“I was born in Cape Town at the Kingsbury Maternity hospital in Claremont in June 1968.”
Q Where did you study and what qualifications do you have ?
“I first trained as an accountant so have a Bcom (Accountant) from UCT. I then went on to be a maths and accounting teacher. I did my HDE part time through UNISA during my first two years of teaching. I quit teaching officially in 1996 as I had made up my mind to become a wine maker. I then spent the next five years travelling between Australia, South Africa and Europe to gain wine experience. To pay my way I taught maths in the UK. In 2001 I returned to Maties (University of Stellenbosch) to study BSC Agric which I achieved Cum Laude and was awarded the Professor Perold trophy as the top student. “
Q. Do you consider your approach to winemaking to be different to others ?
“I like to think I combine both the science and the art of winemaking in one. The chemistry is there to guide but ultimately it is the gut feel and experience that allows for the creativity of expression.”
Q. How involved do you get in the vineyard ?
“I believe you cannot make wine in the cellar if you have not been involved in the vineyard”. She continues “We are fortunate to have Gerard Olivier managing the estate and vineyards, but we work closely together when it comes to decisions of new plantings, canopy management and ultimately harvesting.”
Q. Do you have any varieties you prefer to work with ?
Without hesitation she replies “Chardonnay for our MCC, Syrah and the difficult child, Viognier.”
Q. Have you been influenced by any particular winemaker or by a wine region?
“I was extremely fortunate to be appointed as a winemaker at Graham Beck Wines in Robertson being straight out of varsity. It was here that I developed my passion for MCC under the expert guidance and mentorship of Pieter “Bubbles” Ferreira. I take from him the adage ‘there is no recipe – we don’t make coca cola !’ “
Q. What would you consider your greatest achievement as a winemaker ?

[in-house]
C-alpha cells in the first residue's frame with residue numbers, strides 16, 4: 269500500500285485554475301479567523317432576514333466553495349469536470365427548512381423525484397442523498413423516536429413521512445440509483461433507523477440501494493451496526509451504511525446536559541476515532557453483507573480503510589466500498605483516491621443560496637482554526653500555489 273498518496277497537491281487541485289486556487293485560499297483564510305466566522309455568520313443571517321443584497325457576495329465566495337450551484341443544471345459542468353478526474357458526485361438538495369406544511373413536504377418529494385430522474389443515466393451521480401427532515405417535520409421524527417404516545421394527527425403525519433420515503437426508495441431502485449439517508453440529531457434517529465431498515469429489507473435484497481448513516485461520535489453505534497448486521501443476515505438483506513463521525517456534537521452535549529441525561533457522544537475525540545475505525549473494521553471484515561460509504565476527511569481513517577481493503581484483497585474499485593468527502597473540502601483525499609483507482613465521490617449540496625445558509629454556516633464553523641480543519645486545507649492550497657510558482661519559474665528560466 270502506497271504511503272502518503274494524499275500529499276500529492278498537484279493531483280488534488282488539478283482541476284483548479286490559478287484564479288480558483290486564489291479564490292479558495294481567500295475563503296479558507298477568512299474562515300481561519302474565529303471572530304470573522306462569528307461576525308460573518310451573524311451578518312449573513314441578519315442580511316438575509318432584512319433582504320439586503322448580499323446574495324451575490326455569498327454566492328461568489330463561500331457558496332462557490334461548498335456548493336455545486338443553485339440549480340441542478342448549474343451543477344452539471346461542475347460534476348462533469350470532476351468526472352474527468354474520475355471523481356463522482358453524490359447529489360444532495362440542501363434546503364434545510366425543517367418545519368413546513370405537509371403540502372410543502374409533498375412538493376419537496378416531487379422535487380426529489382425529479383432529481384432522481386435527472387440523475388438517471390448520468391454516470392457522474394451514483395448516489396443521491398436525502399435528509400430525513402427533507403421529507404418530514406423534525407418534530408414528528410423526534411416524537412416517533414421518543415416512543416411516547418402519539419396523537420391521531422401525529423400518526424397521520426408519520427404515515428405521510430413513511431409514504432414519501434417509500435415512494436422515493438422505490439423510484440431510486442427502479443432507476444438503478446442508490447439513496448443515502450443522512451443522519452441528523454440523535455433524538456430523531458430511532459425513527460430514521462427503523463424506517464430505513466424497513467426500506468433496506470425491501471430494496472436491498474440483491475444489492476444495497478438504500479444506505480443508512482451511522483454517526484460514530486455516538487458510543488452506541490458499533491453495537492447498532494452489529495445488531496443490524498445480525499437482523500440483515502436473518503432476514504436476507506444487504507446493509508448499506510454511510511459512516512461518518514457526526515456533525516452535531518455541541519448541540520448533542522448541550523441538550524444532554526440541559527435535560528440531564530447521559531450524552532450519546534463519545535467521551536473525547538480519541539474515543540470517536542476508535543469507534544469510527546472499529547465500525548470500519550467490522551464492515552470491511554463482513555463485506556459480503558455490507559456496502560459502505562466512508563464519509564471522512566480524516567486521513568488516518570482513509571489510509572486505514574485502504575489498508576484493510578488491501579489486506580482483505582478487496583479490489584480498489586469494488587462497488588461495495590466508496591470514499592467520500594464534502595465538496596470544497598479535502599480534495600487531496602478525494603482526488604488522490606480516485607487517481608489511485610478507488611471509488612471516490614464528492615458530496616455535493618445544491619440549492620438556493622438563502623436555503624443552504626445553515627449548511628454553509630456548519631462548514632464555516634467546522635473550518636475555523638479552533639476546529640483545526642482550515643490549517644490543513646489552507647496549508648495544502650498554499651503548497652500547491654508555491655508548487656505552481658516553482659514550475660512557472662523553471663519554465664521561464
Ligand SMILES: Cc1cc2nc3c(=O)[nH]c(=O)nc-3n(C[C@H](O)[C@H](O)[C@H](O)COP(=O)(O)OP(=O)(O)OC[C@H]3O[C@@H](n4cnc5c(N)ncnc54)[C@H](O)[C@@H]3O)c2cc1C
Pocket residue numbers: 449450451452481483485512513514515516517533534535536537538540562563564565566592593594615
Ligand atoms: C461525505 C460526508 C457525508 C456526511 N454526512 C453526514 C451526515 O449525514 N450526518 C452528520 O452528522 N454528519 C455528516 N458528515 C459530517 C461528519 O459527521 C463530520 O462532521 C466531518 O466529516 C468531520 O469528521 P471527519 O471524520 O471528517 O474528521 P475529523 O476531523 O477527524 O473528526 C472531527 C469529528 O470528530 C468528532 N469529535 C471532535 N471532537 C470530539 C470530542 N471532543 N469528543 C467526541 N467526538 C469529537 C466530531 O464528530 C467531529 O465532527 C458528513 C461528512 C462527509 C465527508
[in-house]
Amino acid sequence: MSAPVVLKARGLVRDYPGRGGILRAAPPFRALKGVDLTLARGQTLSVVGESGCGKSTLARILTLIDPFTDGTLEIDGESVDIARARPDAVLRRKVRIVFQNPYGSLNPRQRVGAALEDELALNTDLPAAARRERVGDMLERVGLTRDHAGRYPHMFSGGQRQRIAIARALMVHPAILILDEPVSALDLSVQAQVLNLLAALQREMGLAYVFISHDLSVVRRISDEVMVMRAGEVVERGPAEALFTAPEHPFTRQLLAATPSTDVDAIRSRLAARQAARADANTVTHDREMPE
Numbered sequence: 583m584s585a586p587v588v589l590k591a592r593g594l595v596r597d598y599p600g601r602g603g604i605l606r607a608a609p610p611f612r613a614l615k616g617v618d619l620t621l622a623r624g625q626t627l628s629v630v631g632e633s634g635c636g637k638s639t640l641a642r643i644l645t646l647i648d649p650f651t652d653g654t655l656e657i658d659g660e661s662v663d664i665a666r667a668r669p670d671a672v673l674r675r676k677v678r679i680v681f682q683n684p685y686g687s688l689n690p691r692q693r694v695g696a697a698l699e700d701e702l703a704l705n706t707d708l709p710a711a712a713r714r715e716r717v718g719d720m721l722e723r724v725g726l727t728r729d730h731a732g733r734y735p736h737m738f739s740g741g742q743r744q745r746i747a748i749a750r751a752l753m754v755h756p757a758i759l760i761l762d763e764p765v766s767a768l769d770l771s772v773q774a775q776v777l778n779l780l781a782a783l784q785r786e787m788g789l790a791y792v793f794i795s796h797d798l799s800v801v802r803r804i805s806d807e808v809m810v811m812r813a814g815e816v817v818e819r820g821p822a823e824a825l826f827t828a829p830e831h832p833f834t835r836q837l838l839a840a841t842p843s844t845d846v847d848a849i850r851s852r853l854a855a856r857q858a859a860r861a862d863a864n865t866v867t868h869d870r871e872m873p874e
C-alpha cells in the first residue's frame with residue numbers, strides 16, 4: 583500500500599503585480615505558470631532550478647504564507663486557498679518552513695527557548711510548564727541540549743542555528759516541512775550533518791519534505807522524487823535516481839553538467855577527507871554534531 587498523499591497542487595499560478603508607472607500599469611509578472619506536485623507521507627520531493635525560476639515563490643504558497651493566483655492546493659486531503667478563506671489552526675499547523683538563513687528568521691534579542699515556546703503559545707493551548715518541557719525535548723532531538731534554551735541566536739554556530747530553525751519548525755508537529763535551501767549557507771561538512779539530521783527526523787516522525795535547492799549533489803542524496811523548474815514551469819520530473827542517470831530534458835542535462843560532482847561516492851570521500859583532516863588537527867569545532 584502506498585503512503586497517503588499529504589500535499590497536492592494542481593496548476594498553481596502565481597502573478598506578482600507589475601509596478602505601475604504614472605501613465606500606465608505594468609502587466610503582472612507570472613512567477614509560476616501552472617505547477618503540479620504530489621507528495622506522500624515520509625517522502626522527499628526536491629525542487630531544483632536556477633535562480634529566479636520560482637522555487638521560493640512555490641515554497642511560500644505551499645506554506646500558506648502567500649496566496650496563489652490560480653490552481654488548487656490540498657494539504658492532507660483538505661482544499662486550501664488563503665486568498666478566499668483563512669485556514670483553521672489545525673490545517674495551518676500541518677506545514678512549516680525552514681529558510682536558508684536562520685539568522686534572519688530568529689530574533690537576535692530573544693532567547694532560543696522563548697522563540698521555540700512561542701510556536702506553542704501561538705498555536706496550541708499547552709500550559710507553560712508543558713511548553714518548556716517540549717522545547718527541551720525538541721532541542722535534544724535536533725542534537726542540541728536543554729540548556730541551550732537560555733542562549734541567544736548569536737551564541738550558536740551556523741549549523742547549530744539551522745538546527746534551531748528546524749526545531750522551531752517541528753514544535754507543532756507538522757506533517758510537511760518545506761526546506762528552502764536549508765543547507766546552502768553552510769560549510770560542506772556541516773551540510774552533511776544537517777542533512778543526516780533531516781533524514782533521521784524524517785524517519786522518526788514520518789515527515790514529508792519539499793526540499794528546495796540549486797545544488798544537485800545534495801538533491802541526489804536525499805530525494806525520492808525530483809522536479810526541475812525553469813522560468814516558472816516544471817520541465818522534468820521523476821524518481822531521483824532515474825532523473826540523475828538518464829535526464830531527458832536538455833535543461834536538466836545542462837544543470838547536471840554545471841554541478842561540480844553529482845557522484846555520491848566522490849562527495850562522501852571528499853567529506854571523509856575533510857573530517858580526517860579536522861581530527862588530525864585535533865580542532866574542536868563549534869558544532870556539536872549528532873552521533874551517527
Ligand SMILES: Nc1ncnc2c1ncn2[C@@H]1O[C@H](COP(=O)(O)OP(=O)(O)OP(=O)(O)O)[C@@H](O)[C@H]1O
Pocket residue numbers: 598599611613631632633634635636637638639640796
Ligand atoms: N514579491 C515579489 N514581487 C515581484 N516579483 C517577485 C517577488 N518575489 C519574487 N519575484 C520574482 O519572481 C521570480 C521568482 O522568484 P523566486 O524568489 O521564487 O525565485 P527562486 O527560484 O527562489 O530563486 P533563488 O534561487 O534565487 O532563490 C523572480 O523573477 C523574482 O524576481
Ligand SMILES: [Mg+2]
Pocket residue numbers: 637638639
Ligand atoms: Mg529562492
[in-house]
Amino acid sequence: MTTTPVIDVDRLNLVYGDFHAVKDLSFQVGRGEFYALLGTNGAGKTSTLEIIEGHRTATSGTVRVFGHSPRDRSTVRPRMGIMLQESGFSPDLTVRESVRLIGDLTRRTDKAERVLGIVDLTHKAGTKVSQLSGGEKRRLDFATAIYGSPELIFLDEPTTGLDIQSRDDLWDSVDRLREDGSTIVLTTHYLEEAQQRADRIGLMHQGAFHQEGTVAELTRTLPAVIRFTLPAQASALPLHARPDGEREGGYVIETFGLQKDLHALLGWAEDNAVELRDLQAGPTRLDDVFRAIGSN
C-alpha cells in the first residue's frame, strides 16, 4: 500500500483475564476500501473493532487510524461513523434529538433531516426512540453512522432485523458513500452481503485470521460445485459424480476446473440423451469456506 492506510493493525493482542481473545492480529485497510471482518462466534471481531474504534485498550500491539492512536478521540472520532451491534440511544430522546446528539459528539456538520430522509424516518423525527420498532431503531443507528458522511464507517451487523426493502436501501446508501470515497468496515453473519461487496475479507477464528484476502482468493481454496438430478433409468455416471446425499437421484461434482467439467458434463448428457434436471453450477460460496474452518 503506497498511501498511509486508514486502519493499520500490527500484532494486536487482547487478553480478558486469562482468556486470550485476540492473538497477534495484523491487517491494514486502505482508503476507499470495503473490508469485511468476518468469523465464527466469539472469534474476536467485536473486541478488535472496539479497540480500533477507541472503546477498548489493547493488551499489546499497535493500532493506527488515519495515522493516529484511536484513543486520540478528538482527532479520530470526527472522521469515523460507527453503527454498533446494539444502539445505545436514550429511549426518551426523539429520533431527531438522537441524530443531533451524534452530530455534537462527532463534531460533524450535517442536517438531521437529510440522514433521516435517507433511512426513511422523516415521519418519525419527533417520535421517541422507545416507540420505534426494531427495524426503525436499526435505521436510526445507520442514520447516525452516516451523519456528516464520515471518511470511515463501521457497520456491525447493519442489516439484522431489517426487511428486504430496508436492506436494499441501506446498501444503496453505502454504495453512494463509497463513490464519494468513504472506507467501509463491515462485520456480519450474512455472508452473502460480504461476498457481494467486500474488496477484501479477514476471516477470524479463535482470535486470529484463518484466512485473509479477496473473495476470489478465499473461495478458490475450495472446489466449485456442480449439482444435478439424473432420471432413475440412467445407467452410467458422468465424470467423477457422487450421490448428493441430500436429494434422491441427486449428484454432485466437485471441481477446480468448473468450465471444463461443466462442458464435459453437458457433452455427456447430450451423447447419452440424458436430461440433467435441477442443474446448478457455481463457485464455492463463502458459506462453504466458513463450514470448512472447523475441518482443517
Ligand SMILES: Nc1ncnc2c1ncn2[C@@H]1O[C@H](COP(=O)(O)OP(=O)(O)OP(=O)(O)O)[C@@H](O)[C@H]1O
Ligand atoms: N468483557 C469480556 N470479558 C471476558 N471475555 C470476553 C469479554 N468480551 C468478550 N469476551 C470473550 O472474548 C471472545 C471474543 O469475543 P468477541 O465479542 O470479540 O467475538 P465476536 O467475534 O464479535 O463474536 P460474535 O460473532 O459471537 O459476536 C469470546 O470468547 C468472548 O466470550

“The release of our first MCC under the La Bri Label, our Sauvage La Bri. A work of patience and passion with over five years on the lees before degorgement. A wine I am extremely proud of.”
Q. What “secrets” have you “developed” that make your wines different to others .
“I don’t really think it is a secret as I hope you can taste it in the wine . The passion with which the wine is made and our attention detail at every stage of it’s journey.”
Q. How important is modern winemaking equipment in your winemaking ?
“We like to think we make old world wines with the benefit of new world technology. At La Bri we have a state-of-the art 120 ton boutique cellar built in 2008 which allows the benefit of making wines with all the ‘bells and whistles’ “
Q. How important are the cellar dogs in your wine quality ?
With a gorgeous smile “Oh, couldn’t do anything without those old two. Jake the Jack Russell and Peggy-Sue the aging Staffie.”
Q. Whatever made you change direction from accounting to winemaking ?
“I did a Cape Wine Academy prelim course in 1996 and Louise-Ann Grinstead was my lecturer. She ignited in me a desire to know more about wine and after much travelling and studying I finally became a winemaker at the ripe old age of 36 ! You are never too old to find your true calling and passion in life. “
Q. Now the future ?
“ I am very fortunate to work for an owner, Robin Hamilton, who allows me the freedom to experiment. We have released the first MCC at La Bri and have reintroduced Semillon to the range. Semillon which is a variety synonymous with Franschhoek.” Then ends with enthusiasm “The future is exciting with the challenges it holds.”